Benchwayze wrote:
I recently had a new consumer unit fitted for my home...

Doors. Which way does your entrance face? My shop is just like yours (Except the house stairs intrude at the far end; a ruddy nuisance!) My metal door faces due south and I believe that is why I never get any condensation, nor ever a speck of rust. I don't think I would fit wooden doors now - John


My CU is in the garage (now workshop) so the sparky is putting in a dedicated 30amp ring to run all my sockets from. The lights will go on the secondary house lighting ring. As for my doors, they point towards 300 degrees West/North-West. It gets the sun from about 2pm onwards into the evening. Meaning it should hopefully be pretty warm, but the up & over really wastes a lot of space and lets a lot of air in. It is an expense I'd rather do without, but I figured it'll be worth it to replace as the new ones will be warmer, more secure, and free up a lot more space for a bandsaw and some storage.
By CMax
#1305205
Update:

My neighbour has since run the cabling, and I've finished the insulating, and boarding out. I have the paint for the ceiling and the floor but wasn't entirely sure if I should paint them. A part of me rationalises that it's just a workshop and I'll be using rubber matting on top of the chipboard flooring, another part of me would prefer it to look neater... to paint or not to paint?

Putting up the second row of boarding, while trying to feed the cables by my own was a frustrating and tiring experience. Worse than a Crossfit session! I eventually devised a technique using some 2x4 screwed to the lower level so that they could swivel and hold the upper row in place. Not ideal, but it worked in the end. I have just one spot left to cover and that's on the right wall where the double block wall meets the single skin brick wall. I have the piece cut, I just need to fix it in place when my back stops hurting.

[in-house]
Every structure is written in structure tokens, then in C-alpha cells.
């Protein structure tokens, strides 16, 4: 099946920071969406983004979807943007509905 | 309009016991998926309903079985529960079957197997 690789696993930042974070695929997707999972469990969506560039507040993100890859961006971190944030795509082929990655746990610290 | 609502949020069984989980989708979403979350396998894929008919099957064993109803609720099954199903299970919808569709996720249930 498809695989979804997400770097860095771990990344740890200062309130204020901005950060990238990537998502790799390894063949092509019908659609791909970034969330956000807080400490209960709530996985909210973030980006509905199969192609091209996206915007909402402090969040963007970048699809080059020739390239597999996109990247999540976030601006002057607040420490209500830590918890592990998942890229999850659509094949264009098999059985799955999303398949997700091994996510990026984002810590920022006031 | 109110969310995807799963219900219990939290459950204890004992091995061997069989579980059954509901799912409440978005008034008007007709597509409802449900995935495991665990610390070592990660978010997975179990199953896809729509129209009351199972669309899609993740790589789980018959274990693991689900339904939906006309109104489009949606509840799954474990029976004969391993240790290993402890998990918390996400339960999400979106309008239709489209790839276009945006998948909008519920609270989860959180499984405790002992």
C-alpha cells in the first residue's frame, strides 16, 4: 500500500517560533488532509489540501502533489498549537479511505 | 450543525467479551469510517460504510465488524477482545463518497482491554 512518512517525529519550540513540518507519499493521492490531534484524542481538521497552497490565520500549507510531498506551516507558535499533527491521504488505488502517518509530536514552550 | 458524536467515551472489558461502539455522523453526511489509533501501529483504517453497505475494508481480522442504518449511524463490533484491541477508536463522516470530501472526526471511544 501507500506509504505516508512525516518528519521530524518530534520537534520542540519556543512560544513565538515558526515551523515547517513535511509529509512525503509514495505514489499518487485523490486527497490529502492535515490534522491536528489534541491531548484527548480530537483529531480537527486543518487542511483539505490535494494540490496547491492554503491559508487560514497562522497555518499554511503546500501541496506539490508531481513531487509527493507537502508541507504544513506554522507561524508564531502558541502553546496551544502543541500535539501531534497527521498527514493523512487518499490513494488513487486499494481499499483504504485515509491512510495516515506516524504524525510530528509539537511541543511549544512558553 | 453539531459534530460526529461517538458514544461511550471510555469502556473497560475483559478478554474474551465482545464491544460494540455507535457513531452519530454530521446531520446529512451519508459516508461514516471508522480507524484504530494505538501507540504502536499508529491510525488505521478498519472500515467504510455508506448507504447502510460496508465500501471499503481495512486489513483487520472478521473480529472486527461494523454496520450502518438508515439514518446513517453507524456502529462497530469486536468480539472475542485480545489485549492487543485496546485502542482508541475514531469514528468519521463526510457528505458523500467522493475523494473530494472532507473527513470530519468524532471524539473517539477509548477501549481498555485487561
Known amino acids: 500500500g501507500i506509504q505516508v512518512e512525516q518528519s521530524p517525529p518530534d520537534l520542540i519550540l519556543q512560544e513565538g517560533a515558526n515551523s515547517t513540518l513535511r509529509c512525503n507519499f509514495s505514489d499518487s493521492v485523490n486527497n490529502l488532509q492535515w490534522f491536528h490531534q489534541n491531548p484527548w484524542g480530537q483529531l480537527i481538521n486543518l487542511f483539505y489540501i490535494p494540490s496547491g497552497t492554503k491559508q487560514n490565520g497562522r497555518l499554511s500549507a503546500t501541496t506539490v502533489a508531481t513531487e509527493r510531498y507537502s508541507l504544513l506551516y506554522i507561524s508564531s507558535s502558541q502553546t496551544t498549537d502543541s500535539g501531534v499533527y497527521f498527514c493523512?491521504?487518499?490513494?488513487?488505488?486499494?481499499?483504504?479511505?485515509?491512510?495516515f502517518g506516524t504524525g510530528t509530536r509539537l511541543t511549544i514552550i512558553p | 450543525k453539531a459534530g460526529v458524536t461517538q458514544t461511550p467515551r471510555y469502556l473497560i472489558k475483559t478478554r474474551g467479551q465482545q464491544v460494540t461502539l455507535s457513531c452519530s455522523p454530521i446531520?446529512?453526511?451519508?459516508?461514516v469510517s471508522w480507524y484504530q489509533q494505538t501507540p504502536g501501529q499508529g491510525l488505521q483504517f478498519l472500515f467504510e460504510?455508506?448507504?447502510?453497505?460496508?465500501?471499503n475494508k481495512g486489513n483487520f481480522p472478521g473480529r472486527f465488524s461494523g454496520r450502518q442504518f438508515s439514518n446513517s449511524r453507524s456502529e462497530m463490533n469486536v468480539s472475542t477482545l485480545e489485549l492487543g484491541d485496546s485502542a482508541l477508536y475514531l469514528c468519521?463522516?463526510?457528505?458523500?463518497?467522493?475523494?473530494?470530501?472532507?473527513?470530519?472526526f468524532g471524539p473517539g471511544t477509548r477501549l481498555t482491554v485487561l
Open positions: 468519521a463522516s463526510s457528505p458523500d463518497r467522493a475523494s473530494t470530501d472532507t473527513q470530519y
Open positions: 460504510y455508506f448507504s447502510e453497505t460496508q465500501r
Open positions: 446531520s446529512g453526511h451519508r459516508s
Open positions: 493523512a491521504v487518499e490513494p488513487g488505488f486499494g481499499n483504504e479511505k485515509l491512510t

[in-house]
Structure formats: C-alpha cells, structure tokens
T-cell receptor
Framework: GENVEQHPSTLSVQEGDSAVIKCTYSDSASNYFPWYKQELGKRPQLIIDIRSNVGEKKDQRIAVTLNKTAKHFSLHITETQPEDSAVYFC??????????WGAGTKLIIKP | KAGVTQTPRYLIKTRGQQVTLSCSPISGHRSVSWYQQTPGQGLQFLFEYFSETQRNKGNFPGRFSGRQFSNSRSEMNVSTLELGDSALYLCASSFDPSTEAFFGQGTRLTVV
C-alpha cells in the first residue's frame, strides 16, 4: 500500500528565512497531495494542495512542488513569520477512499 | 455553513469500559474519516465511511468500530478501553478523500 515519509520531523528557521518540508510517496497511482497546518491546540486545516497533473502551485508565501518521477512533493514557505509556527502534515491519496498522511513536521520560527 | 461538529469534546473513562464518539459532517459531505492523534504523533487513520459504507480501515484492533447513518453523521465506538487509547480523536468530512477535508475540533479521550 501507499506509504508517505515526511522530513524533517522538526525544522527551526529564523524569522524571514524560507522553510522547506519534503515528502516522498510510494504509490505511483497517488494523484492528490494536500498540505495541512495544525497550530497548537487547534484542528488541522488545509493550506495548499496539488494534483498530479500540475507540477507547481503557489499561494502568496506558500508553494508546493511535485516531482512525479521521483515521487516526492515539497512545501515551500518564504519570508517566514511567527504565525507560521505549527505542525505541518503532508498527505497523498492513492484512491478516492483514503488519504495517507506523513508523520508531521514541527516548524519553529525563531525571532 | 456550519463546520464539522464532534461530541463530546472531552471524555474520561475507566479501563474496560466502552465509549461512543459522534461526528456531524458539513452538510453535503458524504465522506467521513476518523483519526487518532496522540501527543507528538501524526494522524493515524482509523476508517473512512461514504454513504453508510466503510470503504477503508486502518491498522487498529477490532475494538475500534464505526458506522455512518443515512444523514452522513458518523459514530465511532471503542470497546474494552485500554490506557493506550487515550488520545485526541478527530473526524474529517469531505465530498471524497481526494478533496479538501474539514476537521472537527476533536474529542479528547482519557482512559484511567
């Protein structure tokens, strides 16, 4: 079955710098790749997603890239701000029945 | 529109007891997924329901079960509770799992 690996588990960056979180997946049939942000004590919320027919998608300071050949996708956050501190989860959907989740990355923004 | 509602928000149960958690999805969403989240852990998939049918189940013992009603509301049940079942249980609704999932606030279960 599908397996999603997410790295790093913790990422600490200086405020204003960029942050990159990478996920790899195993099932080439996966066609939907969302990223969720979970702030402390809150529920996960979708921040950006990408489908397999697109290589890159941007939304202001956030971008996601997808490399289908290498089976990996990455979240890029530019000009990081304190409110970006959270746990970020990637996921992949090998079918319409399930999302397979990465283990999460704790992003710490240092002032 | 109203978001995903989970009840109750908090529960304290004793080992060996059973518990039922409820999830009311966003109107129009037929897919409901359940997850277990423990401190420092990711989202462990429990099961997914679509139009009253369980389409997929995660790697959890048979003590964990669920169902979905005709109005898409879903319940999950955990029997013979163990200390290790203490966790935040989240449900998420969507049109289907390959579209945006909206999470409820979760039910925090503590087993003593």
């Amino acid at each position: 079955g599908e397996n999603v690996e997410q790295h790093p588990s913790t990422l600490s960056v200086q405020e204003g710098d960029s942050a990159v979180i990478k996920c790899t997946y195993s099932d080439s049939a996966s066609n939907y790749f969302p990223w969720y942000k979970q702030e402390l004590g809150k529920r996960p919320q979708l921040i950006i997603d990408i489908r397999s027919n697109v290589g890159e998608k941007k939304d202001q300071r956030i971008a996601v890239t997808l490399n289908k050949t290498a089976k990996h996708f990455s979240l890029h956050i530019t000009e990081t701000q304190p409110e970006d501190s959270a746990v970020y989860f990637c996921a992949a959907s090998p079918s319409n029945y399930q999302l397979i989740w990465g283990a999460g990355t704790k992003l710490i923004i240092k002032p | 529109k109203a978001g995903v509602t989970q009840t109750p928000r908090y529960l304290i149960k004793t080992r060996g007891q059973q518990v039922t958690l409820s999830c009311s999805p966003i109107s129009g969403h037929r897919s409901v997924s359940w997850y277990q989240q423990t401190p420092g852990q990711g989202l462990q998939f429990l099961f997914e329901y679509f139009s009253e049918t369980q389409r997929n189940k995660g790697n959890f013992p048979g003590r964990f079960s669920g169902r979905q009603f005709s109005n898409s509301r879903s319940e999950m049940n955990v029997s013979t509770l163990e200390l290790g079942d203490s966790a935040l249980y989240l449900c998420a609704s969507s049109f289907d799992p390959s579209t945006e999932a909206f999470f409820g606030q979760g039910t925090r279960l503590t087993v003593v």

Tomorrow will see the completion of the socket and light installation. I'll probably start work on the benches and tool storage before I upgrade the doors. I'm thinking I may build them myself and save some money, but we'll see. Not sure I have the skills to do that yet. The practice with the benches and storage cabinet should give me an indication if I'm up to the task.

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By Benchwayze
#1305209
I have no problem with space wastage due to the up and over door. I put some rafters in the ceiling at the door end for timber storage. Just meant careful measurement to avoid the door hitting the rafters. Also my benches go right up to the door and I still have room for shelves on the walls at that end. Maybe my garage is higher than usual as I have an MFT just in front of the door. The timber is starting to bow the rafters so I shall have to jack-up and slip some hardwood pads beneath the ends of the rafters. (I have about 18* headroom above the door frame. Two four foot flourescents illuminate amply. Garage is 17 feet by 8; very cosy! :mrgreen:
By CMax
#1305213
Sadly, I don't have much room above the door. For some odd reason, the first 8ft of the 16ft long ceiling is lower. Otherwise, like you've done, I'd use it for timber storage. For mine, I'm going to have a simple rolling rack that'll live against the back wall. My bench will be 6ft and will be position along the middle of the left wall. Thankfully, hand tools don't take up much room but I still want to be as economical with the space as I can and that will probably mean new doors.
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By Benchwayze
#1305244
You are probably right. Don't get too wrapped up in the work, so you don;t notice a summer gale springing up!! Or you could lose a door!

Best of luck and enjoy your shop

John :D
By CMax
#1307760
Now that the infrastructure of the conversion is complete, I set about creating a 3D model to test the fit and layout of my proposed benches and shelves and whatnot. After a few hours of fiddling and changing things up, I've found something that works in the given space. I just need to crack on with building the benches and shelves now.